One of the key provisions of the DMCA is the anti-circumvention provision, which makes it illegal to circumvent technological measures that are used to protect copyrighted works. This provision has been used to go after people who create and distribute tools that are used to circumvent copy protection measures on software.

The DMCA has also been used to go after people who distribute abandonware. While the legality of the software is a complicated issue, the DMCA makes it clear that circumventing copy protection measures is illegal, regardless of the copyright status of the software.

Countries that allow abandonware

The legality of abandonware varies from country to country. In some countries, abandonware is legal as long as it is not being used for commercial purposes. In other countries, the legality of abandonware is less clear-cut.

Free Justizpalast, Munich, Germany image

One country that has taken a relatively lenient stance on abandonware is Germany. In Germany, it is legal to use abandonware as long as it is no longer being sold by its creators, and as long as it is not being used for commercial purposes.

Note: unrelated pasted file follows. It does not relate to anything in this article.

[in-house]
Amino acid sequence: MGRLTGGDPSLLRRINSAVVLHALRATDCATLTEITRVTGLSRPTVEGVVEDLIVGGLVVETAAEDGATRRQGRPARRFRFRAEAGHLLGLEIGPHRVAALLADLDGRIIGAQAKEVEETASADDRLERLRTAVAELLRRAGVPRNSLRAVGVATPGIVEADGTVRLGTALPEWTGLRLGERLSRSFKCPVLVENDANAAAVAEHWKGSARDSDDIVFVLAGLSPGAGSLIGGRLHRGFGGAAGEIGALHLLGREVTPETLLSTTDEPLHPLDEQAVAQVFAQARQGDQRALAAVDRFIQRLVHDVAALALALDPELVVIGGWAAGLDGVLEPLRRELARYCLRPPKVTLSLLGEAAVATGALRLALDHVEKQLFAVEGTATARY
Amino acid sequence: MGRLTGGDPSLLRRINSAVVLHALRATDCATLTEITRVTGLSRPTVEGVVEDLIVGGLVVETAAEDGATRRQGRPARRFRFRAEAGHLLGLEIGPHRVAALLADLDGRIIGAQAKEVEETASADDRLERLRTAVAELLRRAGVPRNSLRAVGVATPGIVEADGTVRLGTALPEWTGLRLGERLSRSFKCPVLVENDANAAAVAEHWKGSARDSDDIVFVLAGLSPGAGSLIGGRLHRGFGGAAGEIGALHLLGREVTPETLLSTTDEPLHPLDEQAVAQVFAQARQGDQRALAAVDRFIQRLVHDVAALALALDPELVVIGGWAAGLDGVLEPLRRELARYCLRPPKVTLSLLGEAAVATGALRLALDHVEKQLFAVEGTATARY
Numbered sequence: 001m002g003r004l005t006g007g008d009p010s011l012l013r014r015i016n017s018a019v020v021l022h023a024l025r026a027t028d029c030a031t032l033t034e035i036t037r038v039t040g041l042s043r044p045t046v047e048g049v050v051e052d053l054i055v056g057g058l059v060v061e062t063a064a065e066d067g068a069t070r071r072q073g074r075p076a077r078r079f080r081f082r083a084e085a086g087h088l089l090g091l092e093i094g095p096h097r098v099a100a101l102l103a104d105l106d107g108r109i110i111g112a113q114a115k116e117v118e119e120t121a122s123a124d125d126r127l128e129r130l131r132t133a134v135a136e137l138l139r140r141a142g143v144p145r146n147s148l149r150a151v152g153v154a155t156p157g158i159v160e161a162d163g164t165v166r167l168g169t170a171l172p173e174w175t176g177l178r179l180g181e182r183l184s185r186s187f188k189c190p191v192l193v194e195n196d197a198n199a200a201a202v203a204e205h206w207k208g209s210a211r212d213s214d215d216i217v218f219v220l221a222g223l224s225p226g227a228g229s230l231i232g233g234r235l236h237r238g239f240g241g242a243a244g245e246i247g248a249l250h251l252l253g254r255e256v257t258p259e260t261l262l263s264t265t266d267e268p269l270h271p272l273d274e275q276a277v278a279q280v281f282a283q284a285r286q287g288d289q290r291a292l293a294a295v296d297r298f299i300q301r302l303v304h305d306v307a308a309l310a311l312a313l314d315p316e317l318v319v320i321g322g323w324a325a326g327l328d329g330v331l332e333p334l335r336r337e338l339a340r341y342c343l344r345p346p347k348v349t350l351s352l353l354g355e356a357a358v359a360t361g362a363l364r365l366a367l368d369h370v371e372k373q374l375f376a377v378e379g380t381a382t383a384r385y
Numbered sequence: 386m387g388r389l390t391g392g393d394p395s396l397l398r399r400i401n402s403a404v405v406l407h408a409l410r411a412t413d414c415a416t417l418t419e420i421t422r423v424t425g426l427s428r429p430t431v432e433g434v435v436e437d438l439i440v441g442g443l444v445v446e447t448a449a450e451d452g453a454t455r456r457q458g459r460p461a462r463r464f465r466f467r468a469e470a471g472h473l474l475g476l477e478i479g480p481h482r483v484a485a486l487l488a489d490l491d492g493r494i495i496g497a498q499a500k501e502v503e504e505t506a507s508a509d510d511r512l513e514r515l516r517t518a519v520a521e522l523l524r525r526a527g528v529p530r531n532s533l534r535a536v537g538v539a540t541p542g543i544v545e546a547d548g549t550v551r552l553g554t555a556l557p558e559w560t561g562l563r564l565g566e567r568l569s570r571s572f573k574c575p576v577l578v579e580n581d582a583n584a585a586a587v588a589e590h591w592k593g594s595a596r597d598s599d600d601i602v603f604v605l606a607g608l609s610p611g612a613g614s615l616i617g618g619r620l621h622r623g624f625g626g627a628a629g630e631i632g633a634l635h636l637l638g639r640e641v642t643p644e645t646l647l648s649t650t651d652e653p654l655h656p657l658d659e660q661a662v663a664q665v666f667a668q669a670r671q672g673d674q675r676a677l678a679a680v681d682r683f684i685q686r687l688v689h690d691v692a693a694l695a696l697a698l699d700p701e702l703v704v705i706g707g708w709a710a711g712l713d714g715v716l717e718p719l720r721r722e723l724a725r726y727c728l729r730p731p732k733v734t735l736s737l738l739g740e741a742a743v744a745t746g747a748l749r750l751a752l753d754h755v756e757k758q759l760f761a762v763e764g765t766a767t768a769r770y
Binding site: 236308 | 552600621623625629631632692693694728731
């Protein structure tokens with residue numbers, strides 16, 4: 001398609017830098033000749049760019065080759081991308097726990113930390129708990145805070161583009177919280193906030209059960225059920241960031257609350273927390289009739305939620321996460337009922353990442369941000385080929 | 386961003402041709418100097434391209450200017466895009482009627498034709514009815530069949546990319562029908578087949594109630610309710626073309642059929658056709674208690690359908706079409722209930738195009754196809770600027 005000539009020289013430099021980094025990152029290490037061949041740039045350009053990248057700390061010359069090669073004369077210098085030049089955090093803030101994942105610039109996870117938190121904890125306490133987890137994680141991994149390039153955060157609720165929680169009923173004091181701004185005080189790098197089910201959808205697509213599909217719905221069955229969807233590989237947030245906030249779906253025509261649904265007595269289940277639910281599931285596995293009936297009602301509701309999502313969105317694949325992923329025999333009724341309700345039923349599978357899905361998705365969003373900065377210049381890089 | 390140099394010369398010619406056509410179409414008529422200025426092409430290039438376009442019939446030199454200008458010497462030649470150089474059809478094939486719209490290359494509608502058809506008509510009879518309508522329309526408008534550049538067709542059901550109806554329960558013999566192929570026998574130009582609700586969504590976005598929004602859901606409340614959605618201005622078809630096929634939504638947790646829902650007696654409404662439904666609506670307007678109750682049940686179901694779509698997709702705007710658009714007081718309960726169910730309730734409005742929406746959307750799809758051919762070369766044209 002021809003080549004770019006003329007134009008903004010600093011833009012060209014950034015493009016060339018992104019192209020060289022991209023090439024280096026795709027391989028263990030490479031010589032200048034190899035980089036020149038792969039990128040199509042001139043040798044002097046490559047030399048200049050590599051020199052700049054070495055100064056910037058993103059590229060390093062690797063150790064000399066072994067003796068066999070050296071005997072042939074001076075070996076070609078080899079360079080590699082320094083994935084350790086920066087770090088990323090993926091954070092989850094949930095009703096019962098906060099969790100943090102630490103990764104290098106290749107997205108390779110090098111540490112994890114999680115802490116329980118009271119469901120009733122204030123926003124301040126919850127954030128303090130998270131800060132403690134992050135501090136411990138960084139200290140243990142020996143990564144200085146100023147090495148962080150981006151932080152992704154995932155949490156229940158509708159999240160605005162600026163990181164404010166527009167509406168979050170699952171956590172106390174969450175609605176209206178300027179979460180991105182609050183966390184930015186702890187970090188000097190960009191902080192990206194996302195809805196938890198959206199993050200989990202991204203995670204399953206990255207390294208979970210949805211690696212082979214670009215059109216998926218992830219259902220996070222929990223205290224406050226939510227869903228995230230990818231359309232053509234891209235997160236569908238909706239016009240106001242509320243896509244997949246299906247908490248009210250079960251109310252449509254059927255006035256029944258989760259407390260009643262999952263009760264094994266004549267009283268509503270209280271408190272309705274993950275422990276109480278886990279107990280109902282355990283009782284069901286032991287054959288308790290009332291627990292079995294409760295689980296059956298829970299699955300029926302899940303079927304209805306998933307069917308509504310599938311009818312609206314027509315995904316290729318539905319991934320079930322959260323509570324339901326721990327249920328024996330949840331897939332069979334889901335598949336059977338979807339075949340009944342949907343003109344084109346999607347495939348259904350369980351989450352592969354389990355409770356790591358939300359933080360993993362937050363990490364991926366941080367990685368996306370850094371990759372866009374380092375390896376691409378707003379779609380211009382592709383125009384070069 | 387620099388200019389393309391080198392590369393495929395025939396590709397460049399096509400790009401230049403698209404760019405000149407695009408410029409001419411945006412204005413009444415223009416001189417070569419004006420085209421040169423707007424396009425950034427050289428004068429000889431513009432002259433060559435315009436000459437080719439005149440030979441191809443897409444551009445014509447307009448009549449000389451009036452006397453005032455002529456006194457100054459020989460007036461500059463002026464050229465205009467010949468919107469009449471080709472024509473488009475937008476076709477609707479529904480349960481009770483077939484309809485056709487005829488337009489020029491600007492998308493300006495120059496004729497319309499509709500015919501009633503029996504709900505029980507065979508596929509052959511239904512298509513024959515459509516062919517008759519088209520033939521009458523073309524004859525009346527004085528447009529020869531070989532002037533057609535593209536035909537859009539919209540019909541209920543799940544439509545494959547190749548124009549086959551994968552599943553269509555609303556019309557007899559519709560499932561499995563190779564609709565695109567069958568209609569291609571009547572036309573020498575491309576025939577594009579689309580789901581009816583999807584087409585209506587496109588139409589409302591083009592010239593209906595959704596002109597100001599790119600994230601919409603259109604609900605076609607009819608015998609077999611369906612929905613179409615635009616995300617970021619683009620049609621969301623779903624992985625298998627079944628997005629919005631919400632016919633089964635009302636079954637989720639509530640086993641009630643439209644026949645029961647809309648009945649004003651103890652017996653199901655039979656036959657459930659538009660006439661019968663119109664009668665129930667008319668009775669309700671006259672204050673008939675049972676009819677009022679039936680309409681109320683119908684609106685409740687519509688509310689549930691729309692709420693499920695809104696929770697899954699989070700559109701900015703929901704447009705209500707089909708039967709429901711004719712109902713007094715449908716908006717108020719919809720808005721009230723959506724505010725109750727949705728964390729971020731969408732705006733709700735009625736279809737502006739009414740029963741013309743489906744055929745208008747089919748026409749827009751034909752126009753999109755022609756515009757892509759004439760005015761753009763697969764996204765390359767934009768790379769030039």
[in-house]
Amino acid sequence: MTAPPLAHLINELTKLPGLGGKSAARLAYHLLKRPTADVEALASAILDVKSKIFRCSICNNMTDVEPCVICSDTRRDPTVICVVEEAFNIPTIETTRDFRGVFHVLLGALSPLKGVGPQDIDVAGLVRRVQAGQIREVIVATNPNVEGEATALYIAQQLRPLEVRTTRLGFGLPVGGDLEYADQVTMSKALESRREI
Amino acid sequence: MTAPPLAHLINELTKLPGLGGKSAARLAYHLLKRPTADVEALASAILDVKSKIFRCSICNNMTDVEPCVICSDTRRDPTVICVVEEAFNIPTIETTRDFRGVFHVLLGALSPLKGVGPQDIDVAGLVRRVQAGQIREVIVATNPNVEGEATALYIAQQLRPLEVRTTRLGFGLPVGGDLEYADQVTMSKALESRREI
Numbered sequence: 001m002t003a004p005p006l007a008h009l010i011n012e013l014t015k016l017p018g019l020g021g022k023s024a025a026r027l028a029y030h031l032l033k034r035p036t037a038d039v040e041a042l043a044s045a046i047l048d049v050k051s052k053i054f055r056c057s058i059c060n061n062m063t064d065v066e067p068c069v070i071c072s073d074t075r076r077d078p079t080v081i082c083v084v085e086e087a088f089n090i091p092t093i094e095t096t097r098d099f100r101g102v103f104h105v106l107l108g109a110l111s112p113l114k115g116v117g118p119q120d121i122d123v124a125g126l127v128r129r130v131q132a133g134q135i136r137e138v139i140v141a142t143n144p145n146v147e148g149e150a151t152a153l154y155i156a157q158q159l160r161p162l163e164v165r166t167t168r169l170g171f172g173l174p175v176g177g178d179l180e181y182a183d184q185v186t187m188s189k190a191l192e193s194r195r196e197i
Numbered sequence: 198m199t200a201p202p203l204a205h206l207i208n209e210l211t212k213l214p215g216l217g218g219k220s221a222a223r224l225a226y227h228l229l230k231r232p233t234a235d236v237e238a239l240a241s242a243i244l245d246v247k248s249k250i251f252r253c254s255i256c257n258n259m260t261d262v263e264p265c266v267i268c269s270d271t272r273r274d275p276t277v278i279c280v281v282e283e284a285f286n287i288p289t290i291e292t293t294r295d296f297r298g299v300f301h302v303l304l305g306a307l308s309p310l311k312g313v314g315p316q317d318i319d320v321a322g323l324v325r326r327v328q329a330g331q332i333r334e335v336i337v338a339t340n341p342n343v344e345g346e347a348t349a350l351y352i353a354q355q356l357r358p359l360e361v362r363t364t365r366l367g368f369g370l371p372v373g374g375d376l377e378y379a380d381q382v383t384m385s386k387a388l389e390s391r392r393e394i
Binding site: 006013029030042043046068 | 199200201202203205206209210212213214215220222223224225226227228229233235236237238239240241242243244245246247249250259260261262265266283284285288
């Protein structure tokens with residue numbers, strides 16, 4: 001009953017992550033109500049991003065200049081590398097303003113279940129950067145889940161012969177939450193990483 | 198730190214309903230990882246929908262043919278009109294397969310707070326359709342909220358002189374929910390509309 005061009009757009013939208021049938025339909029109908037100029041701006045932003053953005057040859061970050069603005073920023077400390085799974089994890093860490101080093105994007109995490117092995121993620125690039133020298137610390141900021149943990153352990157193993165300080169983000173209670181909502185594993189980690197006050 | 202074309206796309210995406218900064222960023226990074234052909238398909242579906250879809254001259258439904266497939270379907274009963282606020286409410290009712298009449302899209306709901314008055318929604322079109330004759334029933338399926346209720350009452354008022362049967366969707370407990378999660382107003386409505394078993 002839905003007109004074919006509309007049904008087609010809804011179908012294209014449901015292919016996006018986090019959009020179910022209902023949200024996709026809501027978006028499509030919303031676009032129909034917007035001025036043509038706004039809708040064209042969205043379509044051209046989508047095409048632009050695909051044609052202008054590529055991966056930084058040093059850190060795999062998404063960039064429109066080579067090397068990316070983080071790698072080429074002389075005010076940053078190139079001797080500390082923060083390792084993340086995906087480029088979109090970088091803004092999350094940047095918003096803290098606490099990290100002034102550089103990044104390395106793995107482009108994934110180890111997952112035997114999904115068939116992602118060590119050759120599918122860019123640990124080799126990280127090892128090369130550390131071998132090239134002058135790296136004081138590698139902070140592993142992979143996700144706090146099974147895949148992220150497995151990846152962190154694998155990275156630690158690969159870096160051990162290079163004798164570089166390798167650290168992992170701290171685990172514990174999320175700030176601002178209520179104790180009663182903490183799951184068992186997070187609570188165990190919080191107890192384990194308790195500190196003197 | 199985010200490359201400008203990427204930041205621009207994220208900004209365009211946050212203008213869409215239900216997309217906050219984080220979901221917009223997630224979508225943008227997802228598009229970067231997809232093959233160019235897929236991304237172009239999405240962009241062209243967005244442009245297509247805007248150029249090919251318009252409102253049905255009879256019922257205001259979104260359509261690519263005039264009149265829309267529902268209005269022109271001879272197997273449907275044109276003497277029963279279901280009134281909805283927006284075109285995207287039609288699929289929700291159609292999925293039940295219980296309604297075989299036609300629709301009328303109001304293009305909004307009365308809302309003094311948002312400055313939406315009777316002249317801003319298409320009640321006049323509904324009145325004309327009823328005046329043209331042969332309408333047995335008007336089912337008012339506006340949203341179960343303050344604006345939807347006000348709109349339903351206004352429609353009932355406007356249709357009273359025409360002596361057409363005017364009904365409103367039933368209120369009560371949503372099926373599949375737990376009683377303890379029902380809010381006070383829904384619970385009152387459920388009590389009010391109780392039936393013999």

Other countries have taken a stricter approach to abandonware. For example, in the United States, the legality of abandonware is a complicated issue, and one that is not always clear-cut. While some people argue that abandonware falls into a legal gray area, the DMCA makes it clear that circumventing copy protection measures is illegal, regardless of the copyright status of the software.

Using emulators

One way that people access abandonware is through the use of emulators. An emulator is a program that allows a computer to run software that was designed for a different platform. For example, an emulator might allow a computer to run a video game that was originally designed for a console.

Emulators can be used to run old software that is no longer being sold or supported by its creators. For example, someone might use an emulator to play an old video game that was released for a console that is no longer being produced.

Emulation on Android